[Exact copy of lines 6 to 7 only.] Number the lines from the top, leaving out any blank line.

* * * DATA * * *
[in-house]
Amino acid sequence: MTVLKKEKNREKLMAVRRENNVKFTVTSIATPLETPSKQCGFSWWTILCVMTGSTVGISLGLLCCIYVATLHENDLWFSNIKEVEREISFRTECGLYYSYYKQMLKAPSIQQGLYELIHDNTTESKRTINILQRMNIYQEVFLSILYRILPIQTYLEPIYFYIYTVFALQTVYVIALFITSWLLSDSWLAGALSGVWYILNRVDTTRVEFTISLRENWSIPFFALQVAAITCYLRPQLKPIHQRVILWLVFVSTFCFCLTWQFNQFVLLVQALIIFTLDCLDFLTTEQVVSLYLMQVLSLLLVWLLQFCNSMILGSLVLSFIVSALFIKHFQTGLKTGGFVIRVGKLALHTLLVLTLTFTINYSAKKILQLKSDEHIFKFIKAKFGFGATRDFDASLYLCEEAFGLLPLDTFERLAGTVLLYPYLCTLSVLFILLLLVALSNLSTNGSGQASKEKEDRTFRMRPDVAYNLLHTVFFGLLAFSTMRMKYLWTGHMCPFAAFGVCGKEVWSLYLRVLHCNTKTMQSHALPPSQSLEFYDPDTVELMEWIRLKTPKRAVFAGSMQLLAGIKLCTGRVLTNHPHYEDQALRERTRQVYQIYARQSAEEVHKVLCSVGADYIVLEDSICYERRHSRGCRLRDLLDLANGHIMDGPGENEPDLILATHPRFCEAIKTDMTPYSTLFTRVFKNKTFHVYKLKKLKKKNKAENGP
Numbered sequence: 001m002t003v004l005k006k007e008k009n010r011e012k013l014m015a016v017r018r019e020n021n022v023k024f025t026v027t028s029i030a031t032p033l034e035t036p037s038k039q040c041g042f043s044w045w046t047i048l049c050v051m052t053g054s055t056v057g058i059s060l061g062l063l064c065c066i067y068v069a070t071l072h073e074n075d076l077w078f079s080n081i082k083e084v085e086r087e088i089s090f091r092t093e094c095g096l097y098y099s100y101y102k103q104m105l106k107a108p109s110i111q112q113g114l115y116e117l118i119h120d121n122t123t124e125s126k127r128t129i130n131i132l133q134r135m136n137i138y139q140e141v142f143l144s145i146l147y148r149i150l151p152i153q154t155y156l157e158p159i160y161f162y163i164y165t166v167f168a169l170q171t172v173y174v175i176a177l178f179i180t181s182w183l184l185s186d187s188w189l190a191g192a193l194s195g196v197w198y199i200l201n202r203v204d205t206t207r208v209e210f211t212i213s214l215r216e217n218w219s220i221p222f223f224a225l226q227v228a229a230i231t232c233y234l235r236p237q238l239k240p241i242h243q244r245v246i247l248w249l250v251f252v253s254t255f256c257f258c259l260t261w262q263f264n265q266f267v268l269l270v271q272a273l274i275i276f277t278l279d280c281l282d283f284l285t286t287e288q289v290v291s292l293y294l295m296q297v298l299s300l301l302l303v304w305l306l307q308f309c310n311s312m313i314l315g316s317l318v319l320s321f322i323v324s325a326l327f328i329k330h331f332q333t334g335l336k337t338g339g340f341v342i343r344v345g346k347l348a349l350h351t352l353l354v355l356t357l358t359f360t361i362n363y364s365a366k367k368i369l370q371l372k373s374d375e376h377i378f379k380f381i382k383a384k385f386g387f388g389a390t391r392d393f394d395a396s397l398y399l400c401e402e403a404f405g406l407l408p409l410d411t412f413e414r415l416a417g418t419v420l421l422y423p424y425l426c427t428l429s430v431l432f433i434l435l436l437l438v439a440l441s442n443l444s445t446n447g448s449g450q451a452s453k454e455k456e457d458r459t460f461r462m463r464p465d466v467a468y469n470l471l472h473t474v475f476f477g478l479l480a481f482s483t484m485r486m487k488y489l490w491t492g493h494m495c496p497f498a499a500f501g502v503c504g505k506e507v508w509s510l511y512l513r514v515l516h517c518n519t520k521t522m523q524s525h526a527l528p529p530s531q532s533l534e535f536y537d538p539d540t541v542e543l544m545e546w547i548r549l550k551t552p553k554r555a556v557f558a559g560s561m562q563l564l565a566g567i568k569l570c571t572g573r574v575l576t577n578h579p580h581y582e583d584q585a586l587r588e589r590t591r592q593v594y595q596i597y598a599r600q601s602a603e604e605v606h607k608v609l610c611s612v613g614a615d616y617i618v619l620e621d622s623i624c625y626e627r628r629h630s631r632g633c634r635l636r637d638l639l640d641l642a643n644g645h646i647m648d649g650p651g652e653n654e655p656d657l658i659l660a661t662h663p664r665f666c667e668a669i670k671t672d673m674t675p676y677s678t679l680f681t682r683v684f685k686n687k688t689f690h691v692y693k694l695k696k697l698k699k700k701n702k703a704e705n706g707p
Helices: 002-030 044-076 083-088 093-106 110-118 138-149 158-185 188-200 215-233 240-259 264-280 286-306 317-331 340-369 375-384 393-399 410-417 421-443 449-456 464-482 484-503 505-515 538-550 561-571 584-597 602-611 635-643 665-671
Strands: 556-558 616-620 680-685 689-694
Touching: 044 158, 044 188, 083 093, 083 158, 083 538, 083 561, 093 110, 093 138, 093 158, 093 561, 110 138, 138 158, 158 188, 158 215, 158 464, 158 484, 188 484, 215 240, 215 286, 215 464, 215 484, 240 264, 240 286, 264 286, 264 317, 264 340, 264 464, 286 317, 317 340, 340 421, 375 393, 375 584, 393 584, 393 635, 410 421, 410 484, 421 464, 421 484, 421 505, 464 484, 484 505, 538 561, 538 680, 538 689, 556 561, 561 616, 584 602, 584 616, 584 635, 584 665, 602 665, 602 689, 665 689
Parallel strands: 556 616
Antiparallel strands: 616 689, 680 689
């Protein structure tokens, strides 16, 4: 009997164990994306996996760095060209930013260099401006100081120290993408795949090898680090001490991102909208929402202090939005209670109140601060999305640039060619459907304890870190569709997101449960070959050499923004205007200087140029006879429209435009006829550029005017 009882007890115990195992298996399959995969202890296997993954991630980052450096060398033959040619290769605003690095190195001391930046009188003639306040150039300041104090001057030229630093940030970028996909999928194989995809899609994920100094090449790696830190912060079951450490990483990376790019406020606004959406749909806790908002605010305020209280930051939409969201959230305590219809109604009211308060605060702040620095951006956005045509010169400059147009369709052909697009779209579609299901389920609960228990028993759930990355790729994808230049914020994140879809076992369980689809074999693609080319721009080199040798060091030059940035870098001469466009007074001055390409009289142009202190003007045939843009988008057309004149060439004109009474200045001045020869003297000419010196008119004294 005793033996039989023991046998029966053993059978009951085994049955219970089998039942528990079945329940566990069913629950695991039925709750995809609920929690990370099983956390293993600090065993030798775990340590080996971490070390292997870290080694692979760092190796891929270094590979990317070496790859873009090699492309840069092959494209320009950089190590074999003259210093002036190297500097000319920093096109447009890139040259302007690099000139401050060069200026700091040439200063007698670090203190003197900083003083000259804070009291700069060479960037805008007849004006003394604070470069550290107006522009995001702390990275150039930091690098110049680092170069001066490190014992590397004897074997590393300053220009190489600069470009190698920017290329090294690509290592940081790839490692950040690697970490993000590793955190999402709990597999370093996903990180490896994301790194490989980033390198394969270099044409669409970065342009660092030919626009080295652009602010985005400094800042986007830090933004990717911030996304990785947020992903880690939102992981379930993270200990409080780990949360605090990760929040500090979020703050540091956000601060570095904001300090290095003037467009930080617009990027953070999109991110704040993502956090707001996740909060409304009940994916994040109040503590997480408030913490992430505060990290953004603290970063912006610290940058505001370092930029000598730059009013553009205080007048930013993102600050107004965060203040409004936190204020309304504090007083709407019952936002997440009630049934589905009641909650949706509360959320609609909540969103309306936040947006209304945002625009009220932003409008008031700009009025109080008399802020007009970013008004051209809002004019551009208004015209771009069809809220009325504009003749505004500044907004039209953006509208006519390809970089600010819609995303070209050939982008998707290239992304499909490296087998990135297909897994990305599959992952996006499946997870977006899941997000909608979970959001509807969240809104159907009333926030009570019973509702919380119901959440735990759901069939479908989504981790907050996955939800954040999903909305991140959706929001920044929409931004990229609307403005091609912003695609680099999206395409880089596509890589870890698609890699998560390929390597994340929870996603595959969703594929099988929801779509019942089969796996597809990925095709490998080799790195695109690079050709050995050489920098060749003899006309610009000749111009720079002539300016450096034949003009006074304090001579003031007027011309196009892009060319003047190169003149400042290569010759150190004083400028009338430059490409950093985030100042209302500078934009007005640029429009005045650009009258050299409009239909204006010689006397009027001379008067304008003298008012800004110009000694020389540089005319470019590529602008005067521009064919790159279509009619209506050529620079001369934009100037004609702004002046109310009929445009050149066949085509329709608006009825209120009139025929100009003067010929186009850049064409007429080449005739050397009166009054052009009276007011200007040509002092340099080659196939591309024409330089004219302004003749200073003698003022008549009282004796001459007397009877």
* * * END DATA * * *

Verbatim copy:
Touching: 044 158, 044 188, 083 093, 083 158, 083 538, 083 561, 093 110, 093 138, 093 158, 093 561, 110 138, 138 158, 158 188, 158 215, 158 464, 158 484, 188 484, 215 240, 215 286, 215 464, 215 484, 240 264, 240 286, 264 286, 264 317, 264 340, 264 464, 286 317, 317 340, 340 421, 375 393, 375 584, 393 584, 393 635, 410 421, 410 484, 421 464, 421 484, 421 505, 464 484, 484 505, 538 561, 538 680, 538 689, 556 561, 561 616, 584 602, 584 616, 584 635, 584 665, 602 665, 602 689, 665 689
Parallel strands: 556 616